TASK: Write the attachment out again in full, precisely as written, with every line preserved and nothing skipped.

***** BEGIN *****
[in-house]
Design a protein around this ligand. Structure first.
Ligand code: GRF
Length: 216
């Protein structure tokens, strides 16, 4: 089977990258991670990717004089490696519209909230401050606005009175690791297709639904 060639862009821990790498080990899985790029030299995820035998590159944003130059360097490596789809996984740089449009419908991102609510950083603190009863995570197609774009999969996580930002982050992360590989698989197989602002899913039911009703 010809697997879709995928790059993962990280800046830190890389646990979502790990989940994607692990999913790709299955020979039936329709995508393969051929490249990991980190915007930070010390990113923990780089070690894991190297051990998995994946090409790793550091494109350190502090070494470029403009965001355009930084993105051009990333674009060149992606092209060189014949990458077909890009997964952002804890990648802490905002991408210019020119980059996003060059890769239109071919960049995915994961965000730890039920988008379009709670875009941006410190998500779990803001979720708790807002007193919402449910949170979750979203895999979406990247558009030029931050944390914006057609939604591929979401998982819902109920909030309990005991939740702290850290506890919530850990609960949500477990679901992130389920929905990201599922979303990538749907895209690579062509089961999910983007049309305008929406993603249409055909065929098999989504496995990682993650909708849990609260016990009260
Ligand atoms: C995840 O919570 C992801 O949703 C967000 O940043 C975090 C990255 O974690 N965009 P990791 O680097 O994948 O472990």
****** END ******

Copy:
[in-house]
Design a protein around this ligand. Structure first.
Ligand code: GRF
Length: 216
């Protein structure tokens, strides 16, 4: 089977990258991670990717004089490696519209909230401050606005009175690791297709639904 060639862009821990790498080990899985790029030299995820035998590159944003130059360097490596789809996984740089449009419908991102609510950083603190009863995570197609774009999969996580930002982050992360590989698989197989602002899913039911009703 010809697997879709995928790059993962990280800046830190890389646990979502790990989940994607692990999913790709299955020979039936329709995508393969051929490249990991980190915007930070010390990113923990780089070690894991190297051990998995994946090409790793550091494109350190502090070494470029403009965001355009930084993105051009990333674009060149992606092209060189014949990458077909890009997964952002804890990648802490905002991408210019020119980059996003060059890769239109071919960049995915994961965000730890039920988008379009709670875009941006410190998500779990803001979720708790807002007193919402449910949170979750979203895999979406990247558009030029931050944390914006057609939604591929979401998982819902109920909030309990005991939740702290850290506890919530850990609960949500477990679901992130389920929905990201599922979303990538749907895209690579062509089961999910983007049309305008929406993603249409055909065929098999989504496995990682993650909708849990609260016990009260
Ligand atoms: C995840 O919570 C992801 O949703 C967000 O940043 C975090 C990255 O974690 N965009 P990791 O680097 O994948 O472990």